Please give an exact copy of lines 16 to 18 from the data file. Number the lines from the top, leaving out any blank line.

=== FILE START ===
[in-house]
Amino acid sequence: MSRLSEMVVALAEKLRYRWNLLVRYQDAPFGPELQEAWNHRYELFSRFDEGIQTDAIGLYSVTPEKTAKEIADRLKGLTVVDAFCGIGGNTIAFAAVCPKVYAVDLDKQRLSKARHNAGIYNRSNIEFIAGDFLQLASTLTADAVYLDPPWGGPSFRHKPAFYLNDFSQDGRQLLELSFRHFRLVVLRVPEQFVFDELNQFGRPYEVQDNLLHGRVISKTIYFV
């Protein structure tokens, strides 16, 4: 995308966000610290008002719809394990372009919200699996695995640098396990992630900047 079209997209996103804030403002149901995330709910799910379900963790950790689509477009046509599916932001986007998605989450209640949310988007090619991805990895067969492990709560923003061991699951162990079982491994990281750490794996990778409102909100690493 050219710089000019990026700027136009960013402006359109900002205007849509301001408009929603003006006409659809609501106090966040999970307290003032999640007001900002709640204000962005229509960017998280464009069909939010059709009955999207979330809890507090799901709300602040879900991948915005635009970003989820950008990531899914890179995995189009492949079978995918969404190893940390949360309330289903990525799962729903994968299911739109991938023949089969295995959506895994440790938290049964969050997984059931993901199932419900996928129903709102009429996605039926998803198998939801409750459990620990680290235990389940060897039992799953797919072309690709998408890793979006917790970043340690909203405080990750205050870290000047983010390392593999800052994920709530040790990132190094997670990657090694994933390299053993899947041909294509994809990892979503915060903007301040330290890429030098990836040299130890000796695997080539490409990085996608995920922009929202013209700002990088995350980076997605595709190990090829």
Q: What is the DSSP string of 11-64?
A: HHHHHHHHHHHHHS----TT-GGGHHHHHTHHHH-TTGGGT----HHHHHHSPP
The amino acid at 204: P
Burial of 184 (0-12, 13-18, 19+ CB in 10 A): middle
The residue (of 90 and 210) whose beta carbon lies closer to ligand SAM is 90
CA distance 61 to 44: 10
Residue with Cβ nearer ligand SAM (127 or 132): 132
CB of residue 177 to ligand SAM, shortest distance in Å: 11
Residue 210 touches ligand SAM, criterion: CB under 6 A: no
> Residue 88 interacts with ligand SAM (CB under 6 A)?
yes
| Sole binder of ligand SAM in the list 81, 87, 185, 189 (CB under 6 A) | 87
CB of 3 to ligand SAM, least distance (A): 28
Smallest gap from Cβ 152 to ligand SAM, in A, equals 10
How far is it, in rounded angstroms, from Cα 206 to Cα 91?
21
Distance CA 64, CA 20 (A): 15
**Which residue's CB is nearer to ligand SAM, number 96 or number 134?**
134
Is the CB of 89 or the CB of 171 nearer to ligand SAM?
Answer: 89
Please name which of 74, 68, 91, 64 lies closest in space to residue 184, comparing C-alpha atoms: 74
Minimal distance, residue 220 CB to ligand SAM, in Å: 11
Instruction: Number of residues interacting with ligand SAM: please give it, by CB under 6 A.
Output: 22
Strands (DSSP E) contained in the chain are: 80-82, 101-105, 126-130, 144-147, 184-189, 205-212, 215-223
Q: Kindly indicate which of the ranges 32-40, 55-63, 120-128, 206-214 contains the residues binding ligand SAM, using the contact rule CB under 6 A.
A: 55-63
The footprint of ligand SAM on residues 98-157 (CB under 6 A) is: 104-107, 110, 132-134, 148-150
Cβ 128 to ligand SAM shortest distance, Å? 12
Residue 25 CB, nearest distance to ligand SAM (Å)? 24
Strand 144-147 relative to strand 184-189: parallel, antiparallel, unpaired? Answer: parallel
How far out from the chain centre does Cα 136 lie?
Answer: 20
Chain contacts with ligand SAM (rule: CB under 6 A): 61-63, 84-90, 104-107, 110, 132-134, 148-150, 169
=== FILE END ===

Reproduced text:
CB of 3 to ligand SAM, least distance (A): 28
Smallest gap from Cβ 152 to ligand SAM, in A, equals 10
How far is it, in rounded angstroms, from Cα 206 to Cα 91?